Differently from less severe hypertension, OSA is a clear risk factor for resistant hypertension. We demonstrated, in a case-control study, an odds ratio of 4.8 (95% CI: 2.0–11.7) for OSA in patients with resistant hypertension (27). Understandably, CPAP therapy of OSA in resistant hypertensive patients—who were enrolled in the study with BP above 140/90 mmHg instead of 120/80 mmHg—showed larger effects. We conducted the first RCT controlled by sham-CPAP in resistant hypertension patients with BP of 148/88 mmHg at baseline (26).
The discrepancy between the strong association of OSA with resistant hypertension and its weak association with less severe hypertension, remains only partly explained by a biological gradient. The report from the Vitoria Sleep Cohort study advances the knowledge on this conundrum (28). This is a post hoc analysis of a longitudinal study designed to assess the association between OSA and hypertension. In the main report, the association between OSA and hypertension was non-significant after adjustment for confounding (21). In the present report, the authors explored the sex differences in the association between OSA and incidence of moderate to severe hypertension. A total of 1,521 subjects aged 30 to 70 years were followed for 7.5±0.8 years. OSA at baseline was measured by the respiratory disturbance index (RDI). Among men, the incidence of stage 2 hypertension increased in parallel with the increase in RDI. For a RDI ≥14, the odds ratio for stage-2 hypertension was 2.54 (95% CI: 1.09–5.95). The risks for women were similar, but not significant. The authors concluded that OSA is a risk for moderate to severe hypertension among men, but the lack of significance for women was due to the lack of statistical power (21 cases in 650 women versus 69 in 505 men).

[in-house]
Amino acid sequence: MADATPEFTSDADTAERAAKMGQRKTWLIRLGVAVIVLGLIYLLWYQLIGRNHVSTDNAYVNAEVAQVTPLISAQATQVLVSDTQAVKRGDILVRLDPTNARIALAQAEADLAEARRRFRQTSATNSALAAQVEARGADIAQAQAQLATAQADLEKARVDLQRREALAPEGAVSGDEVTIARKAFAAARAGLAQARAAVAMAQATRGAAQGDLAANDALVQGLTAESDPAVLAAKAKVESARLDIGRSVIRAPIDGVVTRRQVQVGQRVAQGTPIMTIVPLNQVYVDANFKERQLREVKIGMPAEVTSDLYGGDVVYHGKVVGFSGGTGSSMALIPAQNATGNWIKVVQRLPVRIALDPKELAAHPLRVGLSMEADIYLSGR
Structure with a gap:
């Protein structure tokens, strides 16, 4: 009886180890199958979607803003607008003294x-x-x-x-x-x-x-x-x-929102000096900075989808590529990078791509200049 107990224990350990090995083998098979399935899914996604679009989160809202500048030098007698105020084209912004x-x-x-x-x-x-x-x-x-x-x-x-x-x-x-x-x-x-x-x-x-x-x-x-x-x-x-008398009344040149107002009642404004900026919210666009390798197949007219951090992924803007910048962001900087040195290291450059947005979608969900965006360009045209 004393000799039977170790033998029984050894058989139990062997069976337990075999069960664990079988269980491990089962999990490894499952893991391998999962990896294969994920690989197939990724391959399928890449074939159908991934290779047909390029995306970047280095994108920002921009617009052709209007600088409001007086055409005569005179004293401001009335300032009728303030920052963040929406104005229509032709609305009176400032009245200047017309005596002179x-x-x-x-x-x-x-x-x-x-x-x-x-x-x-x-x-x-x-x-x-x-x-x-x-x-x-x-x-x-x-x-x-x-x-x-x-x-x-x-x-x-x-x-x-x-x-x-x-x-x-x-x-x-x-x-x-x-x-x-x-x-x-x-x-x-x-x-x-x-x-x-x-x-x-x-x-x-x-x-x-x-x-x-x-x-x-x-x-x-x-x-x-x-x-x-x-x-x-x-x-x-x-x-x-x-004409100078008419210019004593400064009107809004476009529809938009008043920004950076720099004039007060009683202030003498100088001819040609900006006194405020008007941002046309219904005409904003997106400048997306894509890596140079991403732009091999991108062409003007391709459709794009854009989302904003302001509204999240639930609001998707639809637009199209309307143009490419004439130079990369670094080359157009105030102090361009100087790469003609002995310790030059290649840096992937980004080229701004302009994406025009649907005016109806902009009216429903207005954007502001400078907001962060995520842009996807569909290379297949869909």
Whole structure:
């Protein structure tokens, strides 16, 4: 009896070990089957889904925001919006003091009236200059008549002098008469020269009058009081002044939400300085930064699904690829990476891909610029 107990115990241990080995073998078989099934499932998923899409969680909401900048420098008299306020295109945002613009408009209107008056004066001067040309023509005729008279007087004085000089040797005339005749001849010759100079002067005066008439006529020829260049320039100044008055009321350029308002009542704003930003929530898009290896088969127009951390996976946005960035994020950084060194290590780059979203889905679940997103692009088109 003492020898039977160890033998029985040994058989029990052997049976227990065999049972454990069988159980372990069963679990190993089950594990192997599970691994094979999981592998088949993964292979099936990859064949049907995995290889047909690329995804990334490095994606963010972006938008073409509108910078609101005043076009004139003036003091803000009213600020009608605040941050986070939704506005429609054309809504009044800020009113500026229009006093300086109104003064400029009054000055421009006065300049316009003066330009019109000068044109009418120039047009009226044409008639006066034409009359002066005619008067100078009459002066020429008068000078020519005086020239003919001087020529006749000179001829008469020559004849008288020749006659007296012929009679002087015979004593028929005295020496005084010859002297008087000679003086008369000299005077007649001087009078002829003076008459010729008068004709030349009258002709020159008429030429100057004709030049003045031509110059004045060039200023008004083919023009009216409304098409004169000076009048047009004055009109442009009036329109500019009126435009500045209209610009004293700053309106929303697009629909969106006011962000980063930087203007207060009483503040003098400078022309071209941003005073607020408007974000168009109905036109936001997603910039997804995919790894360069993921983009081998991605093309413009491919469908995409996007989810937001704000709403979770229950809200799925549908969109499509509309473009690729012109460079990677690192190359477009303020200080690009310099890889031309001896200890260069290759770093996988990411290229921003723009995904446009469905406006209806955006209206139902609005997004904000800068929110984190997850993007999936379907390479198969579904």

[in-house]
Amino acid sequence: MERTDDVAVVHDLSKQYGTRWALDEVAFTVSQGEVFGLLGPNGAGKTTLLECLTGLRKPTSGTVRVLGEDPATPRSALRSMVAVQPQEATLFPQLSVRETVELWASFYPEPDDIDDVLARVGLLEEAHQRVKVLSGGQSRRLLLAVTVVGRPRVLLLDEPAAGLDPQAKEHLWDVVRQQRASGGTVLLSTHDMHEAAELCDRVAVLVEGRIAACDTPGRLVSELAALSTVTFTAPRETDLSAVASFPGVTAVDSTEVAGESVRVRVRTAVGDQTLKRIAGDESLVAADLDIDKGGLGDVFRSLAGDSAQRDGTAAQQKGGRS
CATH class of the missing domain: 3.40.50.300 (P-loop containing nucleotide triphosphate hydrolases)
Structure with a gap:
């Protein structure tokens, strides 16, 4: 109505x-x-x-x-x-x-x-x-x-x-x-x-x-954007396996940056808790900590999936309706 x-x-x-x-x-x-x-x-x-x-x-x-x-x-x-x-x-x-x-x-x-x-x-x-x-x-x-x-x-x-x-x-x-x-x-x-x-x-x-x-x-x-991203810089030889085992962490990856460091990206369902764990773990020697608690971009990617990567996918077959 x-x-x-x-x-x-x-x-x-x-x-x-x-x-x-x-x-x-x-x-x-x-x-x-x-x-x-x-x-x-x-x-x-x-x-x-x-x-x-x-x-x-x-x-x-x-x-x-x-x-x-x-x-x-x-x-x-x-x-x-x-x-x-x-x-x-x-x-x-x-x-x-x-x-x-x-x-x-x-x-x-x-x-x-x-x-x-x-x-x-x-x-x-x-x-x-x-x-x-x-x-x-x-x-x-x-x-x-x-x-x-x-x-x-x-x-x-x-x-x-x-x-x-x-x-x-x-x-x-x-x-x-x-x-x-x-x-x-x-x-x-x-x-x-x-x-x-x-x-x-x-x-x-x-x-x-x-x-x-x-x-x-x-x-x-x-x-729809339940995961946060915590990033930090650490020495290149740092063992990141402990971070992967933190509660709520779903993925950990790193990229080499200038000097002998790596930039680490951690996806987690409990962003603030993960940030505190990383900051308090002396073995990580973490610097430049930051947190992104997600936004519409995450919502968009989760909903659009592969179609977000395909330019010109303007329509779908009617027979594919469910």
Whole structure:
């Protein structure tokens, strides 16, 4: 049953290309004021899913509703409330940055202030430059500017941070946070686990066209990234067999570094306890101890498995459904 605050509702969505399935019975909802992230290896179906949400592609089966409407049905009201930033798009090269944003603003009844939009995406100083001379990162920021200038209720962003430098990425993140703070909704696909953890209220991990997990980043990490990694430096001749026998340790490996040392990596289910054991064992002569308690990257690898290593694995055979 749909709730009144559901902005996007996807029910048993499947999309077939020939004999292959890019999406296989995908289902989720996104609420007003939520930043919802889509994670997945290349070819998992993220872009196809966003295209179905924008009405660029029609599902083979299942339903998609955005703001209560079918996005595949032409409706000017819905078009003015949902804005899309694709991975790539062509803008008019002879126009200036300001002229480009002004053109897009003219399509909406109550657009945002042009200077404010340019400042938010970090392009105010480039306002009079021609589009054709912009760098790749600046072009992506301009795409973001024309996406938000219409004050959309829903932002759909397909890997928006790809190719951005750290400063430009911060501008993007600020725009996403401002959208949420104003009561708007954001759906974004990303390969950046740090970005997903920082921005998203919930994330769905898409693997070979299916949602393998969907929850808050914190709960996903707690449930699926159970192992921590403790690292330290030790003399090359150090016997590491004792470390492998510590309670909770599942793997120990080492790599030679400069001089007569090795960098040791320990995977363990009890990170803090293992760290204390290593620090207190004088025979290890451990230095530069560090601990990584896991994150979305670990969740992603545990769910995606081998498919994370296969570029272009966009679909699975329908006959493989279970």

The well-known a priori biological explanation for a sex difference in the OSA-hypertension relationship is the OSA-preventing effect of female hormones (29). Because around 75% of women in their sample were below 50 years old, i.e., in their reproductive age, hormonal influences might explain 77% of women being non-OSA cases. In any OSA severity category, men were twice as likely to develop stage 2 hypertension. Women older than 56 years with neck circumference >35.3 cm (n=25) were at about 30 times higher odds of incident hypertension than their younger and slimmer counterparts (n=526). While hormones and obesity explain sex differences in OSA prevalence, there is no easy way to elucidate sex differences in the consequences of OSA, namely, the incidence of stage 2 hypertension. It is necessary to consider the sample being underpowered to allow significant differences.
Beyond the sex difference, the novelty of this study was the finding of OSA being a risk factor only for stage-2 hypertension. It supports the concept of a risk gradient. Cano-Pumarega and associates’ data are in a middle point of a spectrum which has at one end the low risk imparted by OSA for stage-1 hypertension and at the other extreme, the high risk for resistant hypertension. This intermediate risk for moderate to severe hypertension suggests that OSA is not a player at the inception of hypertension, when the classical pathogenic mechanisms of maladaptation to chronic sodium overload prevail. Later in life, as the prevalence of obesity and OSA increases, these two factors trigger additional mechanisms of BP increase, as sympathetic hyperactivity, oxidative stress, inflammation, and endothelial dysfunction. The addition of the OSA-mediated mechanisms will make already hypertensive individuals to progress to more advanced stages of hypertension. This is plausible considering Cano-Pumarega and associates’ results for moderate to severe hypertension and the many studies at the extreme of the spectrum, involving resistant hypertension.
If such gradient is more than a statistical finding and is truly a biological, aging-dependent phenomenon, the approaches to abort the course of such irregular cardiovascular and respiratory adaptations should be focused on the prevention of obesity and hypertension at younger ages.
Conflicts of Interest: The authors have no conflicts of interest to declare.